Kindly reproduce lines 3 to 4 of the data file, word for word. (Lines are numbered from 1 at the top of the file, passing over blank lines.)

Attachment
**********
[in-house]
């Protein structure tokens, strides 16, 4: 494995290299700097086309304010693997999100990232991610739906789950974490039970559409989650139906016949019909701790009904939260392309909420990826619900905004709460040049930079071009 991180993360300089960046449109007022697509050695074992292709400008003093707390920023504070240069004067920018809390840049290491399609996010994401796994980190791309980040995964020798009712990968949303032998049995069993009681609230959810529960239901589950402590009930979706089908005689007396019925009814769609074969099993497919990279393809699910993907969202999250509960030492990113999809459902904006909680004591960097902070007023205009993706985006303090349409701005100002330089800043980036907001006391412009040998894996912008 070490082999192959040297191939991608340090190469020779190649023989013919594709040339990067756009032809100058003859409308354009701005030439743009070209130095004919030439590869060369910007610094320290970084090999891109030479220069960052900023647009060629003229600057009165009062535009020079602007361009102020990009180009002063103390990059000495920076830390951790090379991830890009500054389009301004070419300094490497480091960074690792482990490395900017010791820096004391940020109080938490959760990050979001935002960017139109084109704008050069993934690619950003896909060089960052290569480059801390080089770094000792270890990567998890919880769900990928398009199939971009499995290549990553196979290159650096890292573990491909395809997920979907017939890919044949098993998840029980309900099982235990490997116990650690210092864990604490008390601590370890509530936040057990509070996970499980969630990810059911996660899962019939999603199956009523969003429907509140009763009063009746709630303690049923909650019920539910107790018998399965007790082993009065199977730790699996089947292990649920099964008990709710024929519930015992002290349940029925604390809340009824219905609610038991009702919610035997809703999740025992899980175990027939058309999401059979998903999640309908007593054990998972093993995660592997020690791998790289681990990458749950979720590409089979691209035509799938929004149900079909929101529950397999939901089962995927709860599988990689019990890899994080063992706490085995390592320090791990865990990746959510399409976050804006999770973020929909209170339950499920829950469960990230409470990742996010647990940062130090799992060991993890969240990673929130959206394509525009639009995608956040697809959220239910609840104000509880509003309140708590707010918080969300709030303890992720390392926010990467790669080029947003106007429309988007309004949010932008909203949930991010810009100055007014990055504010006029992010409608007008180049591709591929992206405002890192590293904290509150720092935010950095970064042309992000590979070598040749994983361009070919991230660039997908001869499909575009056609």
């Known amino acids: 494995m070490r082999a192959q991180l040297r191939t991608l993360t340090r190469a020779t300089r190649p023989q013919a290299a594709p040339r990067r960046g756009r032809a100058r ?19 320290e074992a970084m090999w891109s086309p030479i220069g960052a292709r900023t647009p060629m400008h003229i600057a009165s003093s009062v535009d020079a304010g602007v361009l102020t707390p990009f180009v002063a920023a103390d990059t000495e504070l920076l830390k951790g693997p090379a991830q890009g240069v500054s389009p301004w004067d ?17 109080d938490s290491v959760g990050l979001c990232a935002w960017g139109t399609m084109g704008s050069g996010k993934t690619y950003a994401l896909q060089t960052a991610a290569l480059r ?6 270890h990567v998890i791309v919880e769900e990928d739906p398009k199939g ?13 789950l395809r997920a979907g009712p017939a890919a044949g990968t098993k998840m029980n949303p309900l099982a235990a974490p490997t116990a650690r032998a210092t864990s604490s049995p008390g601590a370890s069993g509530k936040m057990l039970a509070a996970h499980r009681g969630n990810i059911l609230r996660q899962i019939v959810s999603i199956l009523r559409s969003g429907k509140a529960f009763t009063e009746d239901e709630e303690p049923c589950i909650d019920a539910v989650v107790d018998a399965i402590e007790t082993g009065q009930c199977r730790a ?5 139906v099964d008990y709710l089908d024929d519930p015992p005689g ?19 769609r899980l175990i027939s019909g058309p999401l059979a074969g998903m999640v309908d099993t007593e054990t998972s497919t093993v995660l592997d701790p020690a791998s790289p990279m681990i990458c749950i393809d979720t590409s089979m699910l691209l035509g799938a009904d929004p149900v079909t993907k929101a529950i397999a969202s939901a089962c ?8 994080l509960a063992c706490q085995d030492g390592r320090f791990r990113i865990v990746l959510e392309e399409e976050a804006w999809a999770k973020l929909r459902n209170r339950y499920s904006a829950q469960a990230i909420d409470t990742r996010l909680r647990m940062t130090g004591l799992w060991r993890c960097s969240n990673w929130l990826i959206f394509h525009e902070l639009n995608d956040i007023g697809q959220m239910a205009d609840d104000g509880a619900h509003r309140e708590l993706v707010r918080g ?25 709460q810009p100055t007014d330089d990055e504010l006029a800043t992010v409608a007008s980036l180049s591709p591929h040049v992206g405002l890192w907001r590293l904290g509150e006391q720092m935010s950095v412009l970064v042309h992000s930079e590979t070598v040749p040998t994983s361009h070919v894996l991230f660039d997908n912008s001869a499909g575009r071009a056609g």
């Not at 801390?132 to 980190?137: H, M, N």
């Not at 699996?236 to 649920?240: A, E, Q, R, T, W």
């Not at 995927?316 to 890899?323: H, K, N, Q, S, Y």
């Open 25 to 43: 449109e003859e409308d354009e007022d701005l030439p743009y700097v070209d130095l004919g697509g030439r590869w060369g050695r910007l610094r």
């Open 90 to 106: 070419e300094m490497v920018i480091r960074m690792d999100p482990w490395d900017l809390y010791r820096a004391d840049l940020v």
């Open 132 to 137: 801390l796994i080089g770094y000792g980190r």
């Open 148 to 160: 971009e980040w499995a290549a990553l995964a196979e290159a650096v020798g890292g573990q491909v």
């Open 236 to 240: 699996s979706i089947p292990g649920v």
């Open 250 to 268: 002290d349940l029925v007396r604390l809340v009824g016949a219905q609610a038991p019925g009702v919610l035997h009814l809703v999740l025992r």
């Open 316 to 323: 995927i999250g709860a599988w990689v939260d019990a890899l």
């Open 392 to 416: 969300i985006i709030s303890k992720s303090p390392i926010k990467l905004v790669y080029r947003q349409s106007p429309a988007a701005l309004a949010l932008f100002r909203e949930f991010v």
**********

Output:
């Known amino acids: 494995m070490r082999a192959q991180l040297r191939t991608l993360t340090r190469a020779t300089r190649p023989q013919a290299a594709p040339r990067r960046g756009r032809a100058r ?19 320290e074992a970084m090999w891109s086309p030479i220069g960052a292709r900023t647009p060629m400008h003229i600057a009165s003093s009062v535009d020079a304010g602007v361009l102020t707390p990009f180009v002063a920023a103390d990059t000495e504070l920076l830390k951790g693997p090379a991830q890009g240069v500054s389009p301004w004067d ?17 109080d938490s290491v959760g990050l979001c990232a935002w960017g139109t399609m084109g704008s050069g996010k993934t690619y950003a994401l896909q060089t960052a991610a290569l480059r ?6 270890h990567v998890i791309v919880e769900e990928d739906p398009k199939g ?13 789950l395809r997920a979907g009712p017939a890919a044949g990968t098993k998840m029980n949303p309900l099982a235990a974490p490997t116990a650690r032998a210092t864990s604490s049995p008390g601590a370890s069993g509530k936040m057990l039970a509070a996970h499980r009681g969630n990810i059911l609230r996660q899962i019939v959810s999603i199956l009523r559409s969003g429907k509140a529960f009763t009063e009746d239901e709630e303690p049923c589950i909650d019920a539910v989650v107790d018998a399965i402590e007790t082993g009065q009930c199977r730790a ?5 139906v099964d008990y709710l089908d024929d519930p015992p005689g ?19 769609r899980l175990i027939s019909g058309p999401l059979a074969g998903m999640v309908d099993t007593e054990t998972s497919t093993v995660l592997d701790p020690a791998s790289p990279m681990i990458c749950i393809d979720t590409s089979m699910l691209l035509g799938a009904d929004p149900v079909t993907k929101a529950i397999a969202s939901a089962c ?8 994080l509960a063992c706490q085995d030492g390592r320090f791990r990113i865990v990746l959510e392309e399409e976050a804006w999809a999770k973020l929909r459902n209170r339950y499920s904006a829950q469960a990230i909420d409470t990742r996010l909680r647990m940062t130090g004591l799992w060991r993890c960097s969240n990673w929130l990826i959206f394509h525009e902070l639009n995608d956040i007023g697809q959220m239910a205009d609840d104000g509880a619900h509003r309140e708590l993706v707010r918080g ?25 709460q810009p100055t007014d330089d990055e504010l006029a800043t992010v409608a007008s980036l180049s591709p591929h040049v992206g405002l890192w907001r590293l904290g509150e006391q720092m935010s950095v412009l970064v042309h992000s930079e590979t070598v040749p040998t994983s361009h070919v894996l991230f660039d997908n912008s001869a499909g575009r071009a056609g």
């Not at 801390?132 to 980190?137: H, M, N």